Today’s article is going to break a few hearts. Every time I talk about the topic I’m about the delve into I feel awful, because I’m destroying someone’s idea about their dog. But I think that it’s crucial for people to understand.
The myth I’m going to bust today is the idea that your dogs will protect you. In a real scenario, your dog probably won’t protect you. We do a lot of protection training, teaching dogs to protect a home or car or from muggings, and owners often call us to say things like: “I have a German Shepherd, and I know if push comes to shove he’s going to take care of me. I just want to make sure that he has the training to do it well.” That’s the phrase I hear a lot: that if my dog had to, he would certainly protect me.
The overwhelming majority of German Shepherds, Dobermans, and Rottweilers won’t actually protect their owners. Plenty of these dogs will bark at a window or vehicle. They’ll put on a show, but very few will actually engage another human when their own safety is on the line. That flies in the face of what most people think about their dogs, because so many owners are convinced that their dog would protect them.
We test many dogs, and the overwhelming majority of them won’t perform that way in real-life scenarios. Out of a hundred German Shepherds, one or two—if you’re lucky—will show a degree of protectiveness. There’s a lot of reasons for this tendency.
To actually engage a human being is a very scary thing for a dog. Most dog bites are born from fear. Dogs bite people all the time, most dog bites are born from fear. It’s a terrifying thing to engage a person. When confronted, the dog is normally at the end of his rope and feels like he has no other choice—so he bites. But that bite doesn’t come from a confident urge to protect its family.
Now, I’m not saying that protective dogs don’t exist. You can still see news stories about dogs that protected their families or homes. But there’s a reason why it’s on the news: because it doesn’t happen very much! When push comes to shove, most dogs won’t protect. They’ll either run away or sit and bark, even if someone comes into your home or starts attacking you. That’s just the reality.
The second reason for this behavior is that the ability to confidently take on a human has been bred out of most dogs. Most dogs that will take on a man aren’t good to have in your home. They’re too intense and too powerful, and they push their owners around too much. The majority of dogs that end up out there in the public are not terribly strong. If they were, they’d quickly be shipped off the shelters. So much protective ability has been bred out of the majority of dogs, even those who stereotypically and historically were good protective dogs.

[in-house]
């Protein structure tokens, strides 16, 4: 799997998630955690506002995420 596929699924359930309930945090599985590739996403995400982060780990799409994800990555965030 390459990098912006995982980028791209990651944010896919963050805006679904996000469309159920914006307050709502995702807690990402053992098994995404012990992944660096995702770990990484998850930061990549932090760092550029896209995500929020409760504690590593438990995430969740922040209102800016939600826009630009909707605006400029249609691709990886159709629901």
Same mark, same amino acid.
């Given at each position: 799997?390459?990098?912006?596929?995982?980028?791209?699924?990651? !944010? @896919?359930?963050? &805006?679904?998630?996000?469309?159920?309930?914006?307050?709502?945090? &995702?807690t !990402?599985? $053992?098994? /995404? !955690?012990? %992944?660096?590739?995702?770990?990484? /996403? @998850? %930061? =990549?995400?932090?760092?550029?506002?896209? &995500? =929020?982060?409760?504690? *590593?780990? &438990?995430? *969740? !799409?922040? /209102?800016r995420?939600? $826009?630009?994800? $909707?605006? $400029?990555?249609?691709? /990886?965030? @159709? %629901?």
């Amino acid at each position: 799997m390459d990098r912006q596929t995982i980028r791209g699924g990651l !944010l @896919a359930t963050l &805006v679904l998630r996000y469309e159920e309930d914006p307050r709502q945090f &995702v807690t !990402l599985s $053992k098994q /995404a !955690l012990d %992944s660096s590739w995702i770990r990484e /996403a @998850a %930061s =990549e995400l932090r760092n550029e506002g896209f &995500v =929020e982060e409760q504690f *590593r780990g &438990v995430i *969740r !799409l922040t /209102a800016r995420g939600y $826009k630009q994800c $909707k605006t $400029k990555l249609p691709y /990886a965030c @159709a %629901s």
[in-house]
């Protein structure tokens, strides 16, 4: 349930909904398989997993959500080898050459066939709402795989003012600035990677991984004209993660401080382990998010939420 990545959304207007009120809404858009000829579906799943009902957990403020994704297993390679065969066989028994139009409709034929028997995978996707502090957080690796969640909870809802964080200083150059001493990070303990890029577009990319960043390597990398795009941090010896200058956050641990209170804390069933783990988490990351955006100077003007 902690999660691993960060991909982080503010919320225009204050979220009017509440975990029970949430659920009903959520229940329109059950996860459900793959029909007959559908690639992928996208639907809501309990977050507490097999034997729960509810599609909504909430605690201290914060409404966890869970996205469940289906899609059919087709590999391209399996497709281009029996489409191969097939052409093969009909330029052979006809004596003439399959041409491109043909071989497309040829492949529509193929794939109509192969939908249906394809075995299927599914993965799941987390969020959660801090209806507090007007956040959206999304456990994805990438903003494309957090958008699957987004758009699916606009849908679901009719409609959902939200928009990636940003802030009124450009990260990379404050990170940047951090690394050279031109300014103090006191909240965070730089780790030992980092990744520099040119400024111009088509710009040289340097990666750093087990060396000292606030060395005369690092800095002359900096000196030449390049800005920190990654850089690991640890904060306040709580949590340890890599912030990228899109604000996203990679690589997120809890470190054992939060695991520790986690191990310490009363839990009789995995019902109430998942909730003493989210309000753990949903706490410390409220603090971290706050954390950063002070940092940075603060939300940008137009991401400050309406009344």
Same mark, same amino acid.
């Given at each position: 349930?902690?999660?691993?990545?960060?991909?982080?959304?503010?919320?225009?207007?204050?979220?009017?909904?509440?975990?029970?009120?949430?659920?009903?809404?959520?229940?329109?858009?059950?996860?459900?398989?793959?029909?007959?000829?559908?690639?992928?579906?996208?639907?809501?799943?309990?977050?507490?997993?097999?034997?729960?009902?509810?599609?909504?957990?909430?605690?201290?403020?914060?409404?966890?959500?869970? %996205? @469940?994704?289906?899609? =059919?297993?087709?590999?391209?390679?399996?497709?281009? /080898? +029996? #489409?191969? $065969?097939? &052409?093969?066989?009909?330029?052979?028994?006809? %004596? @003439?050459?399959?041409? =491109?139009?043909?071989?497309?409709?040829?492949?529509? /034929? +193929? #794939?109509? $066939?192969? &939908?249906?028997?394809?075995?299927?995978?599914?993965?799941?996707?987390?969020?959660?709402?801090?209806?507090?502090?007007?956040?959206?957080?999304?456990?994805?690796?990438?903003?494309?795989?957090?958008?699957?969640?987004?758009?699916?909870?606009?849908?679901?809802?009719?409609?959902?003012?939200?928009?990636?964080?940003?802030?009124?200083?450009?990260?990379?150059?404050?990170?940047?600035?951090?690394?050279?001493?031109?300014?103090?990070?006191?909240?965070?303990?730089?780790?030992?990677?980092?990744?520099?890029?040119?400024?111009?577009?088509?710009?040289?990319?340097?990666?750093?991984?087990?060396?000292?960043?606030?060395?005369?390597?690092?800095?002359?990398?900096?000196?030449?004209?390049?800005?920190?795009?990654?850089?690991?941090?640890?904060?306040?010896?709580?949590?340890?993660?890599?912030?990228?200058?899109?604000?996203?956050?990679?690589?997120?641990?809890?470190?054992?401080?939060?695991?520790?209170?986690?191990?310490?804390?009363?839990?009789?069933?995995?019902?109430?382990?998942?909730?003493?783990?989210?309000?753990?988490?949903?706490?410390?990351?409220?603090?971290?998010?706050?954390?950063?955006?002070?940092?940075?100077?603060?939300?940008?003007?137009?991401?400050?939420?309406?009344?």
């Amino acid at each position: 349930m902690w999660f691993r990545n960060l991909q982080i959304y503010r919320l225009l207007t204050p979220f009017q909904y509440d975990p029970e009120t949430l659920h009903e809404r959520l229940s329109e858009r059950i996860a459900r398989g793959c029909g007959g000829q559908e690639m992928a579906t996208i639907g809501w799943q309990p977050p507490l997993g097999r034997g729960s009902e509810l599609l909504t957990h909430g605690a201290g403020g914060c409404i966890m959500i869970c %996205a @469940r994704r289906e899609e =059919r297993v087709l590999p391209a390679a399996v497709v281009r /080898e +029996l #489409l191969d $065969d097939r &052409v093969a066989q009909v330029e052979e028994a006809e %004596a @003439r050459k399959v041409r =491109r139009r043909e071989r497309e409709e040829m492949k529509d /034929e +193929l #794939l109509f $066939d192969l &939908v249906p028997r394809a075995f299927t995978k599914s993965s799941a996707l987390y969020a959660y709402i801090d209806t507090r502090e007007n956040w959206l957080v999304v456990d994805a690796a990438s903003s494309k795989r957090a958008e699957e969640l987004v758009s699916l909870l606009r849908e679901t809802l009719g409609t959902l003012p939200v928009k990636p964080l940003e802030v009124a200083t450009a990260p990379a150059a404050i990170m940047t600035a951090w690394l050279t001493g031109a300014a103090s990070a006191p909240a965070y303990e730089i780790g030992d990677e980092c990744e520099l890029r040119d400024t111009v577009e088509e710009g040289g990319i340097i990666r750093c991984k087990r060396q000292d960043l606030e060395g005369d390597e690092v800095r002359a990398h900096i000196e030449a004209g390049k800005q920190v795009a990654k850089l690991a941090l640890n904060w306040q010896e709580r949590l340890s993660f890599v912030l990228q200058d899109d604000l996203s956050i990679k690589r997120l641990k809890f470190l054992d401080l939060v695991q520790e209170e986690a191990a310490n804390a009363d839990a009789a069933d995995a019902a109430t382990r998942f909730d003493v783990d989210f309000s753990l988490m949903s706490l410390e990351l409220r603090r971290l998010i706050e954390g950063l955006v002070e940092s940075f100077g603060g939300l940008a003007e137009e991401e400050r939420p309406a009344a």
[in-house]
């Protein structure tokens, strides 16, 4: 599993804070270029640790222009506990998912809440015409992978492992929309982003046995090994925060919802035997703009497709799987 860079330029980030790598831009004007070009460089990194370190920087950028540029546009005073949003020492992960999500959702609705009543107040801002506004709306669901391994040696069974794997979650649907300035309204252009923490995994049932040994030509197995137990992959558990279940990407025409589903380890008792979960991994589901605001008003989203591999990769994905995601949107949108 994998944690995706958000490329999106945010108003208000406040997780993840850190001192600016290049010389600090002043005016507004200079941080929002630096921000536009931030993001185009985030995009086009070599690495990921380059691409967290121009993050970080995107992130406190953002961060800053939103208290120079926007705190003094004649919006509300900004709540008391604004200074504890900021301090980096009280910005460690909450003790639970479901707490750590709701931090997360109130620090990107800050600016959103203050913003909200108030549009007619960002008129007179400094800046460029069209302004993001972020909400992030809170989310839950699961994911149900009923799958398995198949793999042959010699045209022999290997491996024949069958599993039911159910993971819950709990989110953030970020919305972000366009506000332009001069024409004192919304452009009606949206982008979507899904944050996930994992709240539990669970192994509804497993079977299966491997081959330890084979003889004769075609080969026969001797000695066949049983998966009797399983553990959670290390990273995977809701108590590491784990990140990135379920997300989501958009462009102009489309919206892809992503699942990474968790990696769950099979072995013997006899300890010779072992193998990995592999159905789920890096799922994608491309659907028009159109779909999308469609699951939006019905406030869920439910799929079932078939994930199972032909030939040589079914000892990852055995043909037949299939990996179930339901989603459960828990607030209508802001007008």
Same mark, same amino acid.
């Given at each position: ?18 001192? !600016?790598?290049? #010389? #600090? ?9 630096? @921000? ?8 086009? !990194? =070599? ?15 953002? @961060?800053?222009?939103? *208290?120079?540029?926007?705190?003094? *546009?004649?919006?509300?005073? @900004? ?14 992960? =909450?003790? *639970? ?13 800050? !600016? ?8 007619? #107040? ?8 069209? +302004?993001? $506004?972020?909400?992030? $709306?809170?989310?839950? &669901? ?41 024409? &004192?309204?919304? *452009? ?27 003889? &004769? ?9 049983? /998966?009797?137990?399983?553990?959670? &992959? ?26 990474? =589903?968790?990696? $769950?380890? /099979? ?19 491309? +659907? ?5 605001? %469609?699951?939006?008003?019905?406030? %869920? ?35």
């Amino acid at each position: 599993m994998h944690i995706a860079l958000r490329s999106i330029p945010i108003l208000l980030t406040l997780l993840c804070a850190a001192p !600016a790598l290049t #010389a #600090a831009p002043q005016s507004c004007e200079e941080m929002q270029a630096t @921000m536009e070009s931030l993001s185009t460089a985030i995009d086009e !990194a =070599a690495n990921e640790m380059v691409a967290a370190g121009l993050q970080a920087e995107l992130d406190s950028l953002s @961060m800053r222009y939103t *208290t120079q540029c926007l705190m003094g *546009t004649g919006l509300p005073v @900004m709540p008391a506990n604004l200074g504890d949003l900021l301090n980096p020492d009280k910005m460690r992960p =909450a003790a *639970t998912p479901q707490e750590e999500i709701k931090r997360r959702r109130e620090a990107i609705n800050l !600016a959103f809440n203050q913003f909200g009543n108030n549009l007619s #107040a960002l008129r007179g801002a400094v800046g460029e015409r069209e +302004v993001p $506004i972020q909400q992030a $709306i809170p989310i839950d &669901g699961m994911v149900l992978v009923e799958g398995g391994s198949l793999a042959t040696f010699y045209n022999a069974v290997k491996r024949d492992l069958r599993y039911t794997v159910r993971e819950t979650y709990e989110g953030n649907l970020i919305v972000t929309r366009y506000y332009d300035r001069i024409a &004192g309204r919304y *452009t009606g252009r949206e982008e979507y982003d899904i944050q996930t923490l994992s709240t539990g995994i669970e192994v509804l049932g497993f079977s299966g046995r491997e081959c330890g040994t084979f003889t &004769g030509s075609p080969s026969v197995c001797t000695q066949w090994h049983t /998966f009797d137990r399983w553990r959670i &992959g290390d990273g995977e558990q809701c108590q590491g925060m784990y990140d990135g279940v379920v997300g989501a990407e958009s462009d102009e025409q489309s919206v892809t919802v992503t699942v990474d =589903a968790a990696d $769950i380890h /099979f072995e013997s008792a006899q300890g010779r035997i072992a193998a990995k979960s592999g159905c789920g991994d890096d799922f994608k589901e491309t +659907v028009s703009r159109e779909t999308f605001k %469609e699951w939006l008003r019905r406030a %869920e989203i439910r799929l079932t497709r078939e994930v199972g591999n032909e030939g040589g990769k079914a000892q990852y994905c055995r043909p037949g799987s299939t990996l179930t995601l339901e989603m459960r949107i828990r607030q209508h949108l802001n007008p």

You have to buy from a very specific bloodline and undergo specific kinds of training in order to get a good protective dog. This isn’t one of those things that you can count on your dog magically protecting the family. You can hope for it and cross your fingers, but if you want a dog who will legitimately protect you then you need to start with the right dog and expect it to cost a lot of time, money, and effort into training. Otherwise you just have a well-bred dog who’s not very good at protecting.
I often compare this scenario to the difference between college and professional-level athletics. A lot of kids are fast, or jump high, or are good at shooting a ball into a hoop. But out of the millions of kids who can do that, only a few make it into college athletics and even fewer get to the pros. You’ve got to be special.
It’s the same with dogs, even those who are ostensibly supposed to be protection dogs. It’s extremely rare for a German Shepherd from the shelter to turns into a stellar protection dog. In fact, it almost never happens.
I’m sorry for being a downer today, but this is an important thing to know. I don’t like when owners bank on their dog protection them only to find out that when someone breaks into your home, the dog is more likely to show them where the jewelry is than to take a bite out of their leg.
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